School trustee Deb Butler says she hasn’t decided whether she will vote on a final recommendation to change the catchment areas for Lake Country’s three elementary schools or to recuse herself from the discussion entirely.
Butler, in her second term on school board, came under fire from residents living in one Lake Country neighborhood last week, when she came to the defense of Oyama Traditional School, saying the school could be in danger of closing long term, if a better solution can’t be found than the current recommendation in front of the Central Okanagan School District.
One of those alternate options was to have students living in the Lakes subdivision attend Oyama.
“I’m getting a lot of flak from people that think I am not representing the whole community,” said Butler.
“As much as I have been very vocal about Oyama, I think I am representing Lake Country. I still have concerns whether we are doing the right thing but I’ve certainly been made aware that the Lakes is maybe not the best fit for Oyama.”
Since a final recommendation became public last week, laying out the different options available to change the catchment areas in Lake Country, trustees have been flooded with e-mails and phone calls from people living in the Lakes, one of the newest and high-end subdivisions in Lake Country.
The majority of residents who spoke at the committee meeting were from the Lakes.
Butler, who is not a member of the committee, attended the meeting and provided a written statement explaining her thoughts on the issues.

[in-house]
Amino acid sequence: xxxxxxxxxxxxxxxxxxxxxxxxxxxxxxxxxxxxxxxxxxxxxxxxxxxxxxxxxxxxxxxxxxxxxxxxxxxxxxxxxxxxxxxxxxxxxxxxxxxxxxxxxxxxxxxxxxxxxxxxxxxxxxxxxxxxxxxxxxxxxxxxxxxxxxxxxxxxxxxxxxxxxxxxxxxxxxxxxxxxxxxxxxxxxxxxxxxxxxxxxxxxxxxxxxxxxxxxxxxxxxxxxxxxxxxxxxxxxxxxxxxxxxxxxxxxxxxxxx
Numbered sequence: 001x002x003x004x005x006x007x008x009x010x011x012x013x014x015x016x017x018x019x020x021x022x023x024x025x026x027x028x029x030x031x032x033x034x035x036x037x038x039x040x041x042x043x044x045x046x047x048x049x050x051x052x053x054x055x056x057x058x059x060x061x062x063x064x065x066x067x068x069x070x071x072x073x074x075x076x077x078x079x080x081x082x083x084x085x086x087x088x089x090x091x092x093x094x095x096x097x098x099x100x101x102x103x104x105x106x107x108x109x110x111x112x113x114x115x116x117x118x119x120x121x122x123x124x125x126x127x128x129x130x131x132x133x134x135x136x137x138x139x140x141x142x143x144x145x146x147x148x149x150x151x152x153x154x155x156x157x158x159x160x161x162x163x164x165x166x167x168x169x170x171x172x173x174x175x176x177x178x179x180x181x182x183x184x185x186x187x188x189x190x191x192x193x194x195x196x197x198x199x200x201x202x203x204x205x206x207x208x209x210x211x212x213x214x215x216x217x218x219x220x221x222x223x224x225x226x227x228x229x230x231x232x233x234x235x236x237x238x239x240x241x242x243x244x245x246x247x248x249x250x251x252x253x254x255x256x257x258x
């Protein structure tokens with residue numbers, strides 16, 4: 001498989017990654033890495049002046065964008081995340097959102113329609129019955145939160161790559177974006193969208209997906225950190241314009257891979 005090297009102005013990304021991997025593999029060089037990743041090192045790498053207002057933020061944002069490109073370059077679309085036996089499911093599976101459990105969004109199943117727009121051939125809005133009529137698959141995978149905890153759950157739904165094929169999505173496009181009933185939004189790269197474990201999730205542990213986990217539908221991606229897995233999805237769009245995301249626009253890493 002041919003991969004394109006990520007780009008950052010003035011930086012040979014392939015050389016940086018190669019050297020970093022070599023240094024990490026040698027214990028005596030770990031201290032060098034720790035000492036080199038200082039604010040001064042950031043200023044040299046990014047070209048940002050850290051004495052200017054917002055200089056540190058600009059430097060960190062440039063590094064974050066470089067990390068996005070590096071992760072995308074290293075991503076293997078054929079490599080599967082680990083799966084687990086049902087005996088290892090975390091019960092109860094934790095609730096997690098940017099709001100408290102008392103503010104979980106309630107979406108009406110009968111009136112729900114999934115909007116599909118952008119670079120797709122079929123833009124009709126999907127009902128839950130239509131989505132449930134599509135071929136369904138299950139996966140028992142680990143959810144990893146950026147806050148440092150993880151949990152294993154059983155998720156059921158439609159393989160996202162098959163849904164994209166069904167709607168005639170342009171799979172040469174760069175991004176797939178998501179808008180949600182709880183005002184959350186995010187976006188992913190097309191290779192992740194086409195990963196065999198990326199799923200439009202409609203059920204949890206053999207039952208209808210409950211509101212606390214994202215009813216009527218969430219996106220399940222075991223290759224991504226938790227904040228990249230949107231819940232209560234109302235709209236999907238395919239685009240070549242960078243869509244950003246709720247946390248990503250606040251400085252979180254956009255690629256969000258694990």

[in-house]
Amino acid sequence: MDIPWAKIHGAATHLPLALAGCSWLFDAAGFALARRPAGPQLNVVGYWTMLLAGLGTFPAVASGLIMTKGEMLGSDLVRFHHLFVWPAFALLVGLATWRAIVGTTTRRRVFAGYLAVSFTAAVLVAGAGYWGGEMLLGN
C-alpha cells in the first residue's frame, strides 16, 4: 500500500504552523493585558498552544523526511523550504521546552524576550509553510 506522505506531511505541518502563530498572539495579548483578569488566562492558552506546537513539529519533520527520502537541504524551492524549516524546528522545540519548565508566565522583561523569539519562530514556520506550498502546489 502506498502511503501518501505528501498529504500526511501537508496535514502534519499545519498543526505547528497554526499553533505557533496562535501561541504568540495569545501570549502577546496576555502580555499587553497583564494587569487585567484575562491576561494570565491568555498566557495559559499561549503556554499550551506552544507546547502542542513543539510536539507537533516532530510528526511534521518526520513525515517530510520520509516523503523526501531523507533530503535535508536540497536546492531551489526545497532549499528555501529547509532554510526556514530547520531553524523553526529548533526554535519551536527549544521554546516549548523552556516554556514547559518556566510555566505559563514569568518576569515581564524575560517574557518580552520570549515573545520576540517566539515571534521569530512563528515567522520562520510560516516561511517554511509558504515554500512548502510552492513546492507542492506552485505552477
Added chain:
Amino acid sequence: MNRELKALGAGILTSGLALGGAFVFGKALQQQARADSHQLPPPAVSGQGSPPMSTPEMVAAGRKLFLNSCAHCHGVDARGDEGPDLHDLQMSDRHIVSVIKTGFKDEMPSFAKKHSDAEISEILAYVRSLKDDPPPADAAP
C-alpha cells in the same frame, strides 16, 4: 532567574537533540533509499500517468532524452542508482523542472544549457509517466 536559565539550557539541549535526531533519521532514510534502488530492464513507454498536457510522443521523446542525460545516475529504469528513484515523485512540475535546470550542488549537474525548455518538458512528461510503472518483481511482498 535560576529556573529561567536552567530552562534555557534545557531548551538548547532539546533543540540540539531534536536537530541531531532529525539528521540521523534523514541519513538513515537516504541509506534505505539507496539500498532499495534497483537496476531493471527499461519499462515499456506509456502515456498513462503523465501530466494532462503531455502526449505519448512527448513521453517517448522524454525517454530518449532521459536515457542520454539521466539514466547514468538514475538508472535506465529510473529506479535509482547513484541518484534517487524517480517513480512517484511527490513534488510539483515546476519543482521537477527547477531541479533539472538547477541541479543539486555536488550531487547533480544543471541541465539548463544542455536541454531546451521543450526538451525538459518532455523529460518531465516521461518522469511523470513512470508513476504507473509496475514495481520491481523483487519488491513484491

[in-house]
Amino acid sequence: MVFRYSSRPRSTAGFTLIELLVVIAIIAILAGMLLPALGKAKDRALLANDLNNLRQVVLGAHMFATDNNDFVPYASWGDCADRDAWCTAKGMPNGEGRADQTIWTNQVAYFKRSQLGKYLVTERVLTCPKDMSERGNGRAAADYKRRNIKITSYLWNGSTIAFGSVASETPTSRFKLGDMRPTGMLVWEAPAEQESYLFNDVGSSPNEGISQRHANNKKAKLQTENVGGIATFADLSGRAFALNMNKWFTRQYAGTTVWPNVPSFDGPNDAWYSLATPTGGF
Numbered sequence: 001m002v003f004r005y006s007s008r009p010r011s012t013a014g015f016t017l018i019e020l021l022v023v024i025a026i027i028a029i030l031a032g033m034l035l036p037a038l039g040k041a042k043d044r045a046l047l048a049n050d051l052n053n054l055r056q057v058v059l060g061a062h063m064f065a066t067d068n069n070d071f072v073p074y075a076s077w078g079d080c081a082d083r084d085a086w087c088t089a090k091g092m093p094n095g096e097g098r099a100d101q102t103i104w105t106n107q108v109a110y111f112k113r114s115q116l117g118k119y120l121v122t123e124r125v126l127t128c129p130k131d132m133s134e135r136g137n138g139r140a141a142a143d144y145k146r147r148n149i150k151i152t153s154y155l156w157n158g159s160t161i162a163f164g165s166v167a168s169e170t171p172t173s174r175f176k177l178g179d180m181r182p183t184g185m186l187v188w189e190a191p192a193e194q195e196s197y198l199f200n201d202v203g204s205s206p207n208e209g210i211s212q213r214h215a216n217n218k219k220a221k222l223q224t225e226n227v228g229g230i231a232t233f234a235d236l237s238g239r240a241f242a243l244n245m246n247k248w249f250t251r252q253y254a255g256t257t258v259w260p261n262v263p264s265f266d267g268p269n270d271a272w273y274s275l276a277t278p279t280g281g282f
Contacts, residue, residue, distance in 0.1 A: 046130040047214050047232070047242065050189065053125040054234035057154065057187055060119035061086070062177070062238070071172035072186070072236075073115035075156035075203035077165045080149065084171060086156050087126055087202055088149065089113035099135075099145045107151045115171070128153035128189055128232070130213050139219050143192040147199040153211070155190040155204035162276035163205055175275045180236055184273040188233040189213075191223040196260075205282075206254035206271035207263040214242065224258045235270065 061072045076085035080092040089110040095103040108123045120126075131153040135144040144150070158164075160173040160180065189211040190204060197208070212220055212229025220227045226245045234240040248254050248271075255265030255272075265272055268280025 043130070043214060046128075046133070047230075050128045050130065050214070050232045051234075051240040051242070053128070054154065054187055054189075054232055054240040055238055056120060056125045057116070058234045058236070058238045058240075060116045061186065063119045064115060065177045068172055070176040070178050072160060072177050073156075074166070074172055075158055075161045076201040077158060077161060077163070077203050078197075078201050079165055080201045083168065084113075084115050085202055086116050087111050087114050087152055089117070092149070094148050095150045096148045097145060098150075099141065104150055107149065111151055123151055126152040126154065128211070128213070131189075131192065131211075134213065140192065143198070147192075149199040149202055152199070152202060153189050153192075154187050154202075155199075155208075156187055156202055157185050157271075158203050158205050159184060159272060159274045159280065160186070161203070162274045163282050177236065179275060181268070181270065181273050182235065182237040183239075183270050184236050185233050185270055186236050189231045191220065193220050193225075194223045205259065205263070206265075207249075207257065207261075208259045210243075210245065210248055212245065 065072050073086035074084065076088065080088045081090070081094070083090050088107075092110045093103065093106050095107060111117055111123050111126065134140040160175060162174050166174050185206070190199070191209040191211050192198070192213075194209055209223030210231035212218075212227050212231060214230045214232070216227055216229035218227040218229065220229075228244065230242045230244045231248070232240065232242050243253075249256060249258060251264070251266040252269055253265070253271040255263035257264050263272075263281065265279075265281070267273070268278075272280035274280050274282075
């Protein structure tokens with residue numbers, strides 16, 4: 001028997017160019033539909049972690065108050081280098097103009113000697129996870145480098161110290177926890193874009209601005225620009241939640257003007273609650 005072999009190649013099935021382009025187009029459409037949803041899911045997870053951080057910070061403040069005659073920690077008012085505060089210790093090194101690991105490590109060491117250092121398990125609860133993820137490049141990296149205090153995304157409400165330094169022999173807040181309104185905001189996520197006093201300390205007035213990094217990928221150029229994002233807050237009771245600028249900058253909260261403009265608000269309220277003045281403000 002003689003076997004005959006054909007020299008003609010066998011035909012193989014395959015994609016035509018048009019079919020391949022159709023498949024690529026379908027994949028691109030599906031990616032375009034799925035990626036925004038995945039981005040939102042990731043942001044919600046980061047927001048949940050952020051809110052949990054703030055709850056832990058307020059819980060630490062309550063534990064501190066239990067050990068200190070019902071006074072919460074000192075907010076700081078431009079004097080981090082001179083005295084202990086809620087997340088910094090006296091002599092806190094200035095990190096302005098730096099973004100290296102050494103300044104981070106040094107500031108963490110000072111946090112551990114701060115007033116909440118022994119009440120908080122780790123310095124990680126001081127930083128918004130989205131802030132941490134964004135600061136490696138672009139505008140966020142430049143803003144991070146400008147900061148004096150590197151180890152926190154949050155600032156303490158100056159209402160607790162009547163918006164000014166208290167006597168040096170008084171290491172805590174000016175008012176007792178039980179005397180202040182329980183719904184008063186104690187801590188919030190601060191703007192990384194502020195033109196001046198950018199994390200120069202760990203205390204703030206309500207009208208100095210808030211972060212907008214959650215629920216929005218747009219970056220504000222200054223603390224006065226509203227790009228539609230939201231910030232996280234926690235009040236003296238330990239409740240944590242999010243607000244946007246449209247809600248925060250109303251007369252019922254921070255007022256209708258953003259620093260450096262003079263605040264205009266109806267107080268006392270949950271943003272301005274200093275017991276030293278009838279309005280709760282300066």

“What I’m happy about is that people showed up and got to have their say because that’s what I expected to happen (at the earlier public consultation),” she said.
“But the community didn’t have the information available to them. We didn’t do a really good job of consultation. We met with the schools to get their suggestions but we didn’t have any kind of proposed plan.”
Butler said she has been accused of a conflict of interest due to the fact she lives in Oyama and admits she may have made a mistake in the way she handled the situation by saying the Oyama school could be in trouble long term if the current recommendation goes ahead.
“It’s been pretty tough, I’ve taken a lot of hits, but only from one area of the community,” she said. “Everybody is entitled to their opinion. I think it’s important they have an opinion. In the end all you can do is look at what you did and move forward in a better way.”